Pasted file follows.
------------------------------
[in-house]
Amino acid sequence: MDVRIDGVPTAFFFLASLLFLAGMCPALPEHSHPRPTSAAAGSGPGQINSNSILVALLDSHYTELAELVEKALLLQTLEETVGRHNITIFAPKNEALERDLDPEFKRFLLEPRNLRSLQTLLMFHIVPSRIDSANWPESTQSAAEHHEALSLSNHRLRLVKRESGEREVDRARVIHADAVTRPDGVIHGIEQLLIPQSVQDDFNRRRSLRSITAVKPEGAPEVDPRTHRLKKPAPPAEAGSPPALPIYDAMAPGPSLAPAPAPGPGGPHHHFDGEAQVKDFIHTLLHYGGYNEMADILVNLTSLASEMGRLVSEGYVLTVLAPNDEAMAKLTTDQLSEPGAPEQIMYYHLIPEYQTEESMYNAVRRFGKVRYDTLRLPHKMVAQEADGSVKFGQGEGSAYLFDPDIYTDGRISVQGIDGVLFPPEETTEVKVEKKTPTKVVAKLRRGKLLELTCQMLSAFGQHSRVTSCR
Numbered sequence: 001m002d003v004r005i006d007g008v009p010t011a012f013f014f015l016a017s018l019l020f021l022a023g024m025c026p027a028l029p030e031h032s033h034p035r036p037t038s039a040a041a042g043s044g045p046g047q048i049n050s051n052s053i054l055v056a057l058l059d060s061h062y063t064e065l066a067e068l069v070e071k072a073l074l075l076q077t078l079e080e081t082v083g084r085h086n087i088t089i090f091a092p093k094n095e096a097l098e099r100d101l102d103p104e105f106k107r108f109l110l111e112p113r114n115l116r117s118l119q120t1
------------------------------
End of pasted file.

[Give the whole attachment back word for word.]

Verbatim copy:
[in-house]
Amino acid sequence: MDVRIDGVPTAFFFLASLLFLAGMCPALPEHSHPRPTSAAAGSGPGQINSNSILVALLDSHYTELAELVEKALLLQTLEETVGRHNITIFAPKNEALERDLDPEFKRFLLEPRNLRSLQTLLMFHIVPSRIDSANWPESTQSAAEHHEALSLSNHRLRLVKRESGEREVDRARVIHADAVTRPDGVIHGIEQLLIPQSVQDDFNRRRSLRSITAVKPEGAPEVDPRTHRLKKPAPPAEAGSPPALPIYDAMAPGPSLAPAPAPGPGGPHHHFDGEAQVKDFIHTLLHYGGYNEMADILVNLTSLASEMGRLVSEGYVLTVLAPNDEAMAKLTTDQLSEPGAPEQIMYYHLIPEYQTEESMYNAVRRFGKVRYDTLRLPHKMVAQEADGSVKFGQGEGSAYLFDPDIYTDGRISVQGIDGVLFPPEETTEVKVEKKTPTKVVAKLRRGKLLELTCQMLSAFGQHSRVTSCR
Numbered sequence: 001m002d003v004r005i006d007g008v009p010t011a012f013f014f015l016a017s018l019l020f021l022a023g024m025c026p027a028l029p030e031h032s033h034p035r036p037t038s039a040a041a042g043s044g045p046g047q048i049n050s051n052s053i054l055v056a057l058l059d060s061h062y063t064e065l066a067e068l069v070e071k072a073l074l075l076q077t078l079e080e081t082v083g084r085h086n087i088t089i090f091a092p093k094n095e096a097l098e099r100d101l102d103p104e105f106k107r108f109l110l111e112p113r114n115l116r117s118l119q120t1